Friday, July 04, 2014

Guest Post: “Whosoever touches the Tarot of Eternity…” by Rachel Pollack


Tarot cards appear in my novel, The Child Eater, in a number of ways, in particular a mysterious pack called the Tarot Of Eternity. In the story, the original has been lost for many centuries, so that the pack is known only through “a copy of a copy,” or even “a copy of a copy of a copy.” At the same time, the pack is seen as so significant that even these copies several times removed, but hand-created by magicians, have great power.

The book moves back and forth between two worlds, the first a medieval-style land ruled by wizards, the second a contemporary small city America. In the medieval world, an abused boy named Matyas runs away from his violent father to study magic. In the second, a lonely boy named Simon Wisdom desperately tries to suppress his deep psychic abilities, partly because he knows that no one likes him “reading” their minds, and more, because they bring him terrifying visions—dead children begging him for help, severed heads that live on in pain, and a gray man with an ancient stone knife. Matyas has similar visions, and he too does his best to forget them.

What bridges the two worlds, or rather crosses between them, is the Tarot of Eternity.


This use of the Tarot is not what many people expect when Tarot cards appear in a story. The pack in the novel has almost nothing to do with fortune-telling. There is a point in Simon’s story where a girl brings a set of Tarot cards to school and announces she will “read” everyone’s future. Simon is contemptuous. He can just see the future—though he tries not to—what does he care about some dumb deck of cards? Later, Simon discovers a set of Tarot that the reader suspects may in fact be the Tarot Of Eternity (or at least a copy of a copy), but he does not even consider using them for divination. It’s not the future Simon seeks, but a refuge—doorways to worlds where he might escape the severed heads of children begging for help.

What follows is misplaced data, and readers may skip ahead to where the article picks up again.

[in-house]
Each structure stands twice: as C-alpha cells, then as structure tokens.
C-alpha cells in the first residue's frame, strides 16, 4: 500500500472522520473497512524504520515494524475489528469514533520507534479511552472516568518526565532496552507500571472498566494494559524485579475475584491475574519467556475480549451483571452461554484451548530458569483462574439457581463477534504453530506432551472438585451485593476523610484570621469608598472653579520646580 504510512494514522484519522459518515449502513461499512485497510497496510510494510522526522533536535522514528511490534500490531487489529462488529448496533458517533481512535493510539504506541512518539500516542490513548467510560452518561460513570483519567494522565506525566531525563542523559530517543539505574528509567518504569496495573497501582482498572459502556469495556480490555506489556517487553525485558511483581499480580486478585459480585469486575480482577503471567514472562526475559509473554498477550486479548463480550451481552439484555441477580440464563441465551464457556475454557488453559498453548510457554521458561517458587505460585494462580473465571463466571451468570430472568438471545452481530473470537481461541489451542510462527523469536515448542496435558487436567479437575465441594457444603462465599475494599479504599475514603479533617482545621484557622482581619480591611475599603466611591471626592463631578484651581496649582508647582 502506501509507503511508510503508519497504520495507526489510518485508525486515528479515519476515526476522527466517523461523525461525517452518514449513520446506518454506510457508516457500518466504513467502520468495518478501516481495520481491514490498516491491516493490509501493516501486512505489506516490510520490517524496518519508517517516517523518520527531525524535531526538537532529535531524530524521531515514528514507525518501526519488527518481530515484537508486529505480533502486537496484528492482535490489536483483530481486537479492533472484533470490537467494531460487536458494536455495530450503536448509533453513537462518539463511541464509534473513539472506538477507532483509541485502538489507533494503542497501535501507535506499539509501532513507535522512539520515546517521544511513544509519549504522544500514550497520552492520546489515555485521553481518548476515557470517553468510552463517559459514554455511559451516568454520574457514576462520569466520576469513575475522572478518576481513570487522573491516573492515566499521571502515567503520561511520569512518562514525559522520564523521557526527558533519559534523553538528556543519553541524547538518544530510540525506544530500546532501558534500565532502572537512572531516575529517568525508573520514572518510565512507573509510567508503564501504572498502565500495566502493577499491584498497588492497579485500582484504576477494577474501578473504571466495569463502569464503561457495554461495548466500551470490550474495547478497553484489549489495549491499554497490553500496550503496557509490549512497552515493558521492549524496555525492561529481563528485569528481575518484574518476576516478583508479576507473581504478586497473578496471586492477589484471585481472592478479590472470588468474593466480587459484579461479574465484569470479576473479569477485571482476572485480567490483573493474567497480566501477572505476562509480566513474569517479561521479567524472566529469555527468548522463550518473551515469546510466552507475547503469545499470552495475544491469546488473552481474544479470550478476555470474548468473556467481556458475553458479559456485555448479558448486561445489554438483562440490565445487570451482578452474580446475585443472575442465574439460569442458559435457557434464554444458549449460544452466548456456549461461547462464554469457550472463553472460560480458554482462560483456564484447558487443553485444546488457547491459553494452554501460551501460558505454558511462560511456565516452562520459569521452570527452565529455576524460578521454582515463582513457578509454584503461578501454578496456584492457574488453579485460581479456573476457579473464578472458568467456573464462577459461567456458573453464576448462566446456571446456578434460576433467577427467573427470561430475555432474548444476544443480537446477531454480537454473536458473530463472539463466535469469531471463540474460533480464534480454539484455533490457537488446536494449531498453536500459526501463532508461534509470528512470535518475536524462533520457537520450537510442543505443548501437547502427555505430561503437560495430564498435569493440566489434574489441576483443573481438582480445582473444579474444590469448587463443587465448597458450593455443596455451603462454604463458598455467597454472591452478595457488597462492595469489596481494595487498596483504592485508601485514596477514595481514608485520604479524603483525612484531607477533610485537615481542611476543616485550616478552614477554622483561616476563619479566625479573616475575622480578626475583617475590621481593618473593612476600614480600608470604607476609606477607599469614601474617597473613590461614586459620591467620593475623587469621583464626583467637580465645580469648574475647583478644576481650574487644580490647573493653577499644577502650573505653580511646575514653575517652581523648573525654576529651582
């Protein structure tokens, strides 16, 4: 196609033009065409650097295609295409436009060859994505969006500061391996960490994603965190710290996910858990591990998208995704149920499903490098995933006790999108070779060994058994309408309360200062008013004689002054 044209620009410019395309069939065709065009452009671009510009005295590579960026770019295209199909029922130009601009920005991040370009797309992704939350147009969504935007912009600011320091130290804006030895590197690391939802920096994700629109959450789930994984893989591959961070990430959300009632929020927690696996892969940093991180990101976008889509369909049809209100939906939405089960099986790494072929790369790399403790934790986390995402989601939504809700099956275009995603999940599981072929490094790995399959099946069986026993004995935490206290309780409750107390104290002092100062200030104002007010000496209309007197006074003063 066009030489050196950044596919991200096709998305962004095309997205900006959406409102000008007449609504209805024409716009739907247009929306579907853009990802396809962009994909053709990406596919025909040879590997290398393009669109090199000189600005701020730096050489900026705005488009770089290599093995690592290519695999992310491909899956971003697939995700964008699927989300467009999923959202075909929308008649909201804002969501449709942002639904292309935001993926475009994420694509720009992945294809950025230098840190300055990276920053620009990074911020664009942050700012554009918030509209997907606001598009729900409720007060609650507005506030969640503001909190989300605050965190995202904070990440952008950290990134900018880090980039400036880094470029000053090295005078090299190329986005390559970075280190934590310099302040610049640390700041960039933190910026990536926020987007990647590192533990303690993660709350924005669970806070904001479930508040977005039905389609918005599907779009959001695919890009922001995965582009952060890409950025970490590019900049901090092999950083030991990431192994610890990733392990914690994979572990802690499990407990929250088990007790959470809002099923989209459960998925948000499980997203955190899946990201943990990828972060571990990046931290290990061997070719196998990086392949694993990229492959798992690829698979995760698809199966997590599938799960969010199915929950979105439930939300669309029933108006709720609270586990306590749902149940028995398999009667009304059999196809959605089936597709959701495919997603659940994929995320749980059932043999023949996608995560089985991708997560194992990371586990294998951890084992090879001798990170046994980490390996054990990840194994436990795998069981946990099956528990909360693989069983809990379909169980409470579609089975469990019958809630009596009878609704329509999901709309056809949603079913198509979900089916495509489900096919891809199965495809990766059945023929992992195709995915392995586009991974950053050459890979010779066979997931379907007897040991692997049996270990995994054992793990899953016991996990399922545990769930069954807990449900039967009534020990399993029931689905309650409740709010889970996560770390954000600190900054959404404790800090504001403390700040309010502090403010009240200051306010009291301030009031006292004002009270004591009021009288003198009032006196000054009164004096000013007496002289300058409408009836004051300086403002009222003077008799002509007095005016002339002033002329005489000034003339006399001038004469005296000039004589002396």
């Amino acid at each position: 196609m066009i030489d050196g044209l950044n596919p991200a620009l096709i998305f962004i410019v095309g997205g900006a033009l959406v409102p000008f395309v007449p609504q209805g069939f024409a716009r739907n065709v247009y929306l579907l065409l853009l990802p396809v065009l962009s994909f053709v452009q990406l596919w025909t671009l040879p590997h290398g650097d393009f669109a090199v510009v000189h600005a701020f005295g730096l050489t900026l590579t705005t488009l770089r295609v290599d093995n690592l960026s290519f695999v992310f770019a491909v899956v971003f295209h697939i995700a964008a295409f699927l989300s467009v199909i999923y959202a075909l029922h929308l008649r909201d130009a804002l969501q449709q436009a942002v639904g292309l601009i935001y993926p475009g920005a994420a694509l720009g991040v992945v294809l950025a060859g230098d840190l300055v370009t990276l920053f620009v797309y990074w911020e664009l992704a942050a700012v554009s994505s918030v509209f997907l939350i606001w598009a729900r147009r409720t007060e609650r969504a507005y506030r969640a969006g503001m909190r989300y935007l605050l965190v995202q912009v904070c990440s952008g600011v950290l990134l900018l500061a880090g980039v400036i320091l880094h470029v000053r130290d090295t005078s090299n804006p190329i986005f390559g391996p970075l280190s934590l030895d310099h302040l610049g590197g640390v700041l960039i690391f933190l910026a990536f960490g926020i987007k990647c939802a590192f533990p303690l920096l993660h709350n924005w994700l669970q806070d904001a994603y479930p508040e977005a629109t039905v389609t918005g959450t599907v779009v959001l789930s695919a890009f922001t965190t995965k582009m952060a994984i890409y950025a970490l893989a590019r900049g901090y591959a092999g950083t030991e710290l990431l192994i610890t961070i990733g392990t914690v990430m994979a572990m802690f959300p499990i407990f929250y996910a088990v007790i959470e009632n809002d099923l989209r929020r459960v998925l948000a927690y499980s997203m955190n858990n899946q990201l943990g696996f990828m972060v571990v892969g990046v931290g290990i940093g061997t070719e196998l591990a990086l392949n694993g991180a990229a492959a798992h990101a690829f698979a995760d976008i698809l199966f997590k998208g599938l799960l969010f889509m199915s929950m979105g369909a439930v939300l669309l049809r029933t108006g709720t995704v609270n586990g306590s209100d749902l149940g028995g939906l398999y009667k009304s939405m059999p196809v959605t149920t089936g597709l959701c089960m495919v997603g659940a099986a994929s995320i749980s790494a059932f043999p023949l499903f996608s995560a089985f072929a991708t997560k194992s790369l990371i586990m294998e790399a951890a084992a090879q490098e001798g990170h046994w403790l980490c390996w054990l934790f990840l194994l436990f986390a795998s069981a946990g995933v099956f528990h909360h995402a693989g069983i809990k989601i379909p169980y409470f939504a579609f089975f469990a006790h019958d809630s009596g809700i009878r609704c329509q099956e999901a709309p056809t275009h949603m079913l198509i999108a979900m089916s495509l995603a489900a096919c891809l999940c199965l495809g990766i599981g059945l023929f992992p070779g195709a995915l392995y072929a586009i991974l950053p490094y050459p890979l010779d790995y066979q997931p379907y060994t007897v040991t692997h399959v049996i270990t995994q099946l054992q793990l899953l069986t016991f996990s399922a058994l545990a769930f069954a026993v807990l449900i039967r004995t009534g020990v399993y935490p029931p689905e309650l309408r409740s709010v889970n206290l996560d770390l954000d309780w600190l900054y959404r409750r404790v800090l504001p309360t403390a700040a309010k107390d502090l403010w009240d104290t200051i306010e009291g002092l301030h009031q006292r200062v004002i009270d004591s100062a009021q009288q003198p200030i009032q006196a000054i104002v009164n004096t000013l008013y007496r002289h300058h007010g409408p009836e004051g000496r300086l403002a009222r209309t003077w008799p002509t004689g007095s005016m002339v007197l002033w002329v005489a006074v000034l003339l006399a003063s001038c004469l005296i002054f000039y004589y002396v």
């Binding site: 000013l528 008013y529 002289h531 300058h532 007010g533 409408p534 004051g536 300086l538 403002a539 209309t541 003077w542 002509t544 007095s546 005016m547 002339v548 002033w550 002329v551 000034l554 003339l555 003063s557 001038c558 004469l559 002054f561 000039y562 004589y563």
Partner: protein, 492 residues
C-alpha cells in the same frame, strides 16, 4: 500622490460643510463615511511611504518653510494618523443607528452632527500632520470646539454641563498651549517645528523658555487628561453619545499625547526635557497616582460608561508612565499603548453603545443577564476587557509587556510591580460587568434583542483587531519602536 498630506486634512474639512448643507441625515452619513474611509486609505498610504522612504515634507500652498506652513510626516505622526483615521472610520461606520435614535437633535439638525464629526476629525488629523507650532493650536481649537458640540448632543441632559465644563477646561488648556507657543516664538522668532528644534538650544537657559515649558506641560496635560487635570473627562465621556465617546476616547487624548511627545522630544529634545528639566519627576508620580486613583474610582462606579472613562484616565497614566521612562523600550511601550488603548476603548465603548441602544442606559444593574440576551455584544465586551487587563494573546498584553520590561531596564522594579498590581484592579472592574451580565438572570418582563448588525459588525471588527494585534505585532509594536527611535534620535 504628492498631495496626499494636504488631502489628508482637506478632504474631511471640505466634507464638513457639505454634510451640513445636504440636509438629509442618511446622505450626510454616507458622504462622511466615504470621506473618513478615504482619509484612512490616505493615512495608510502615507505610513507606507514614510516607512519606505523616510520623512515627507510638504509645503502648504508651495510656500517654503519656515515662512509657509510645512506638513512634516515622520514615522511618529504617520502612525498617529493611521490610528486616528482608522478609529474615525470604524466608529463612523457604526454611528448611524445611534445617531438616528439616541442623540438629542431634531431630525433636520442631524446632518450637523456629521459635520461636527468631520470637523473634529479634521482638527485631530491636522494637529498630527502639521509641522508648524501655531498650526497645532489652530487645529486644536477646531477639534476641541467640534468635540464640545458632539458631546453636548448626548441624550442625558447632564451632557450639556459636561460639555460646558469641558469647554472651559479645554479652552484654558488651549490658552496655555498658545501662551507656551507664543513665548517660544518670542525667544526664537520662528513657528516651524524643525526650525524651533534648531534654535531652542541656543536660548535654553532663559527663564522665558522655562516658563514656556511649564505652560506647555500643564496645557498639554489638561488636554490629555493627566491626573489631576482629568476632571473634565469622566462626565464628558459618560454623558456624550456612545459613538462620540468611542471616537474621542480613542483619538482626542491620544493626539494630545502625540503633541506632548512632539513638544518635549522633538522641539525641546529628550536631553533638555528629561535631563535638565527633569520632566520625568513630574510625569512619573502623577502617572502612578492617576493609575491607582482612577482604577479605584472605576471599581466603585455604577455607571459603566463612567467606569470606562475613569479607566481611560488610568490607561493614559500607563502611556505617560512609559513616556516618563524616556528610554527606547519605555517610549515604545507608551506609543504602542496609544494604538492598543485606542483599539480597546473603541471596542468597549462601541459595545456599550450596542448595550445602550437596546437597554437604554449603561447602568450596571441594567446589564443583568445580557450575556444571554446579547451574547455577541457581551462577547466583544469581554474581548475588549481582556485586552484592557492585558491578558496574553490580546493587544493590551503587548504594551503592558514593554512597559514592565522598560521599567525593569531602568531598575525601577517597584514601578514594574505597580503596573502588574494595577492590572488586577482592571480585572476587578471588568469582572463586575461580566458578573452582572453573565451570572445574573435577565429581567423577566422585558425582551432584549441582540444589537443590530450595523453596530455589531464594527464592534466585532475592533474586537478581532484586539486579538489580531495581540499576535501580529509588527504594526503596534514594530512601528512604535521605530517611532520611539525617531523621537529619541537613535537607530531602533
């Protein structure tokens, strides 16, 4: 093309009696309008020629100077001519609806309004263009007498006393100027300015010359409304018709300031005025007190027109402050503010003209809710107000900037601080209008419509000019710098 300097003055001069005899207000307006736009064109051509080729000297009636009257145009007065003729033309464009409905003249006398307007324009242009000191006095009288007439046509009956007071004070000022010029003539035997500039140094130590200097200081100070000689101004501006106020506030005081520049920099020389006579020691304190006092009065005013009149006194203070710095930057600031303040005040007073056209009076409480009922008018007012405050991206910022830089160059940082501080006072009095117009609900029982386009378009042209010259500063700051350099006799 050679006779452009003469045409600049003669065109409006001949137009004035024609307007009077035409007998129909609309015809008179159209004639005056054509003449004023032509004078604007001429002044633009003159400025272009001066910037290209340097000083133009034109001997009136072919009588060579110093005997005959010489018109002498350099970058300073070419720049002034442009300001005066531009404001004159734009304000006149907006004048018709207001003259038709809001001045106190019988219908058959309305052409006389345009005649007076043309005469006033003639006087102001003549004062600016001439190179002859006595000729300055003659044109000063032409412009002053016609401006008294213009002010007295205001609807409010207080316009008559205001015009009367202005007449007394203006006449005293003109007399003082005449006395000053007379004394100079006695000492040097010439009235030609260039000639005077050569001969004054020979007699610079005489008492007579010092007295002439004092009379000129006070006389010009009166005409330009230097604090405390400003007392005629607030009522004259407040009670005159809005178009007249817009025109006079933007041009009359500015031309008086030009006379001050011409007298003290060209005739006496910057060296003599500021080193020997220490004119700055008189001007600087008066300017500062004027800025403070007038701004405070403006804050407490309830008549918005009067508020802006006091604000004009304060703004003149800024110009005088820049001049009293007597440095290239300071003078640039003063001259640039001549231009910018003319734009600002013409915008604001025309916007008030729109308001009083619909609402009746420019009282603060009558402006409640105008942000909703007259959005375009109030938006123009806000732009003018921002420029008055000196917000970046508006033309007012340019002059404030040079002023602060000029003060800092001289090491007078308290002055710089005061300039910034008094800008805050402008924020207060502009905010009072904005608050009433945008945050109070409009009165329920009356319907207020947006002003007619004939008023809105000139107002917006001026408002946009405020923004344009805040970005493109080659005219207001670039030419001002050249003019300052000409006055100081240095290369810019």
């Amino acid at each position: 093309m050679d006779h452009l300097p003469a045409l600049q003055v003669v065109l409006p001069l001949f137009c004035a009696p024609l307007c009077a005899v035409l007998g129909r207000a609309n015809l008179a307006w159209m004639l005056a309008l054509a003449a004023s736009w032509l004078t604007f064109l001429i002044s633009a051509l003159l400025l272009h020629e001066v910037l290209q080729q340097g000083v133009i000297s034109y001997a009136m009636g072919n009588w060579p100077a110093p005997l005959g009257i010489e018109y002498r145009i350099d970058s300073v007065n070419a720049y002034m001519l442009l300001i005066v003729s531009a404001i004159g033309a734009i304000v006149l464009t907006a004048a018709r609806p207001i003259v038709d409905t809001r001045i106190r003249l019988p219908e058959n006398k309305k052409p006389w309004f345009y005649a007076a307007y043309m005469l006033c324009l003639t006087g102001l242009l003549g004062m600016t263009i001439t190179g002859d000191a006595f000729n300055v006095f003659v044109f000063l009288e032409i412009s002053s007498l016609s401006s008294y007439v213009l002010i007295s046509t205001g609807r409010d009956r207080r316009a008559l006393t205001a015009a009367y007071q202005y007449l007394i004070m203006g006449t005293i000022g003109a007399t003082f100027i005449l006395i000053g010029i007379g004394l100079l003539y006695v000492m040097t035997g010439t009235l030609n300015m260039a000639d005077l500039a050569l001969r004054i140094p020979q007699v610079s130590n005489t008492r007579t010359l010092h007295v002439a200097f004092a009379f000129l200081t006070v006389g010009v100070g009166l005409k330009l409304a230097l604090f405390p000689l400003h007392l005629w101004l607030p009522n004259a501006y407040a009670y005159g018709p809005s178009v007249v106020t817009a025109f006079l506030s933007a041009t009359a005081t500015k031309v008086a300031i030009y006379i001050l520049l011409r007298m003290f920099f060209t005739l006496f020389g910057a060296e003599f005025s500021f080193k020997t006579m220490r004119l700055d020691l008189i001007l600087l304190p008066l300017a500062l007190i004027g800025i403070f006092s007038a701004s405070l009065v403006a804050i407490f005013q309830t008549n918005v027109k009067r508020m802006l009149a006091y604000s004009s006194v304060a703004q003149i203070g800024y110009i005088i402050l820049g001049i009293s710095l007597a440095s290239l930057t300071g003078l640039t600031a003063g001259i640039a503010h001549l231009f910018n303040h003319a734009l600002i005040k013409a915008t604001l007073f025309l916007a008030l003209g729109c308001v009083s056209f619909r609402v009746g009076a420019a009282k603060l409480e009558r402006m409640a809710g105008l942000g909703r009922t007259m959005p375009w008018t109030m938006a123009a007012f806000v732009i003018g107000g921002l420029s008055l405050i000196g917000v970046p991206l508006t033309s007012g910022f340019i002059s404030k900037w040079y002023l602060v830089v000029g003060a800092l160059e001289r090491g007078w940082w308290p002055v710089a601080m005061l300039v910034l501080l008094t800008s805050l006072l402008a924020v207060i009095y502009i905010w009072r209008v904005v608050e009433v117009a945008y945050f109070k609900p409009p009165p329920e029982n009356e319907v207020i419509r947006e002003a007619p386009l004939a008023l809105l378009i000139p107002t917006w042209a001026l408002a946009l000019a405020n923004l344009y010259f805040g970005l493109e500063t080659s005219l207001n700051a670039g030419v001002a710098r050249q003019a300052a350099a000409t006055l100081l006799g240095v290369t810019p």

Matyas too seeks something when he encounters the cards. He has seen a man fly, and even though everyone, including his teacher and all the other wizards, tell him it cannot be done, he believes that he is destined to do it, if only he can find the secret. He tries to find it in the cards only to discover that for him, all roads lead to the man with the stone knife.

Readers who only know of the Tarot as a tool for divination may find these more fantastic uses of the cards as far afield from what they expect. In fact, the idea that the Tarot contains mystical power completely separate from any psychic function is deeply rooted in Tarot tradition. At least, in the occult Tarot tradition, since 1781.

First, a bit of history. The Tarot was not created for fortune-telling. In fact, there is no documented use of the Tarot as a divinatory tool until after 1781 (more about that date in a moment). Extensive research over the past thirty or so years has demonstrated that the Tarot began its life in Northern Italy around 1430, as a card game called at first Il Trionfii (The Triumphs, or Trumps), and later, Tarocchi, which the French shortened to “Les Tarots.” The various titles refer to the pack’s unique feature, an extra suit of elaborately painted images, some secular (an Emperor and Empress), some moralistic (virtues such as Justice and Fortitude), and some religious (a Pope, various angels). In Tarocchi these cards will triumph over the regular suit cards.